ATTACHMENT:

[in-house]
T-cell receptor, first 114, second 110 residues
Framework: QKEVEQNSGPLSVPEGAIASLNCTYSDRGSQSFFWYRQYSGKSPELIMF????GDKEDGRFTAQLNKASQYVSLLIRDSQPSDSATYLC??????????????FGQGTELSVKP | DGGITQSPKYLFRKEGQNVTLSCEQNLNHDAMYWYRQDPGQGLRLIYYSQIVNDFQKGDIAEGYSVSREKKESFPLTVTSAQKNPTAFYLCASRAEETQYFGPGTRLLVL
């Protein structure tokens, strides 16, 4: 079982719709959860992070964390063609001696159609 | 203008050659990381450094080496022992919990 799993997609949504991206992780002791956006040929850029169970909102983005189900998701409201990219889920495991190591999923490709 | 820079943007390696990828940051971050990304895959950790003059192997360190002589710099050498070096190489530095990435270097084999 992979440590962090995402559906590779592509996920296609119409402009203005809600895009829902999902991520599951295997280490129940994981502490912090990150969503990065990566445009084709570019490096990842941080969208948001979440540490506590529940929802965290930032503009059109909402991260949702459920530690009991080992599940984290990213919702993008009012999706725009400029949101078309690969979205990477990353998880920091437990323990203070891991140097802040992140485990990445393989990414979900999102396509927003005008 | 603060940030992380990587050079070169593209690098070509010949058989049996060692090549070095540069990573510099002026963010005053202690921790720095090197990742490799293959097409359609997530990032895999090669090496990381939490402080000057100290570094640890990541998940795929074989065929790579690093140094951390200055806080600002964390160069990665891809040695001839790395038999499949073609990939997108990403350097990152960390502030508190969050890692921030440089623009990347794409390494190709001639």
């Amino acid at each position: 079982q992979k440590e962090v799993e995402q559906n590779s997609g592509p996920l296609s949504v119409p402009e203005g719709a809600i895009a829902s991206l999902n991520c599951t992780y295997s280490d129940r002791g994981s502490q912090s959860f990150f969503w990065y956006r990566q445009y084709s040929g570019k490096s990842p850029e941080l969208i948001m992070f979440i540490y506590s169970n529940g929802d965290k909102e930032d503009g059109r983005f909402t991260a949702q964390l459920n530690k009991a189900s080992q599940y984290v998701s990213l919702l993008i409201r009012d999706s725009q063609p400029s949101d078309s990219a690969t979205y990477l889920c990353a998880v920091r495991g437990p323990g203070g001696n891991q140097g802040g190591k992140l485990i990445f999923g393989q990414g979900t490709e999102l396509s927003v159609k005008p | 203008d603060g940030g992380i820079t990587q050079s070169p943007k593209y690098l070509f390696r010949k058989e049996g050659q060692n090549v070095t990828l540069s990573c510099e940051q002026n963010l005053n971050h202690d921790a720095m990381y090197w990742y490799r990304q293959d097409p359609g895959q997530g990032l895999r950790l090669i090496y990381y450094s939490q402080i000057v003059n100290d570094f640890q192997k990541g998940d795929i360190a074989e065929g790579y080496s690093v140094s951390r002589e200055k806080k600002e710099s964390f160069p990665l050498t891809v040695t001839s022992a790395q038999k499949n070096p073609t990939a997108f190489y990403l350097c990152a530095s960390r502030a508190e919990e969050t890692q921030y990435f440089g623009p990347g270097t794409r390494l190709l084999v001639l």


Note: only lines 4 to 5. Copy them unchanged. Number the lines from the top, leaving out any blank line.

């Protein structure tokens, strides 16, 4: 079982719709959860992070964390063609001696159609 | 203008050659990381450094080496022992919990 799993997609949504991206992780002791956006040929850029169970909102983005189900998701409201990219889920495991190591999923490709 | 820079943007390696990828940051971050990304895959950790003059192997360190002589710099050498070096190489530095990435270097084999 992979440590962090995402559906590779592509996920296609119409402009203005809600895009829902999902991520599951295997280490129940994981502490912090990150969503990065990566445009084709570019490096990842941080969208948001979440540490506590529940929802965290930032503009059109909402991260949702459920530690009991080992599940984290990213919702993008009012999706725009400029949101078309690969979205990477990353998880920091437990323990203070891991140097802040992140485990990445393989990414979900999102396509927003005008 | 603060940030992380990587050079070169593209690098070509010949058989049996060692090549070095540069990573510099002026963010005053202690921790720095090197990742490799293959097409359609997530990032895999090669090496990381939490402080000057100290570094640890990541998940795929074989065929790579690093140094951390200055806080600002964390160069990665891809040695001839790395038999499949073609990939997108990403350097990152960390502030508190969050890692921030440089623009990347794409390494190709001639």
């Amino acid at each position: 079982q992979k440590e962090v799993e995402q559906n590779s997609g592509p996920l296609s949504v119409p402009e203005g719709a809600i895009a829902s991206l999902n991520c599951t992780y295997s280490d129940r002791g994981s502490q912090s959860f990150f969503w990065y956006r990566q445009y084709s040929g570019k490096s990842p850029e941080l969208i948001m992070f979440i540490y506590s169970n529940g929802d965290k909102e930032d503009g059109r983005f909402t991260a949702q964390l459920n530690k009991a189900s080992q599940y984290v998701s990213l919702l993008i409201r009012d999706s725009q063609p400029s949101d078309s990219a690969t979205y990477l889920c990353a998880v920091r495991g437990p323990g203070g001696n891991q140097g802040g190591k992140l485990i990445f999923g393989q990414g979900t490709e999102l396509s927003v159609k005008p | 203008d603060g940030g992380i820079t990587q050079s070169p943007k593209y690098l070509f390696r010949k058989e049996g050659q060692n090549v070095t990828l540069s990573c510099e940051q002026n963010l005053n971050h202690d921790a720095m990381y090197w990742y490799r990304q293959d097409p359609g895959q997530g990032l895999r950790l090669i090496y990381y450094s939490q402080i000057v003059n100290d570094f640890q192997k990541g998940d795929i360190a074989e065929g790579y080496s690093v140094s951390r002589e200055k806080k600002e710099s964390f160069p990665l050498t891809v040695t001839s022992a790395q038999k499949n070096p073609t990939a997108f190489y990403l350097c990152a530095s960390r502030a508190e919990e969050t890692q921030y990435f440089g623009p990347g270097t794409r390494l190709l084999v001639l």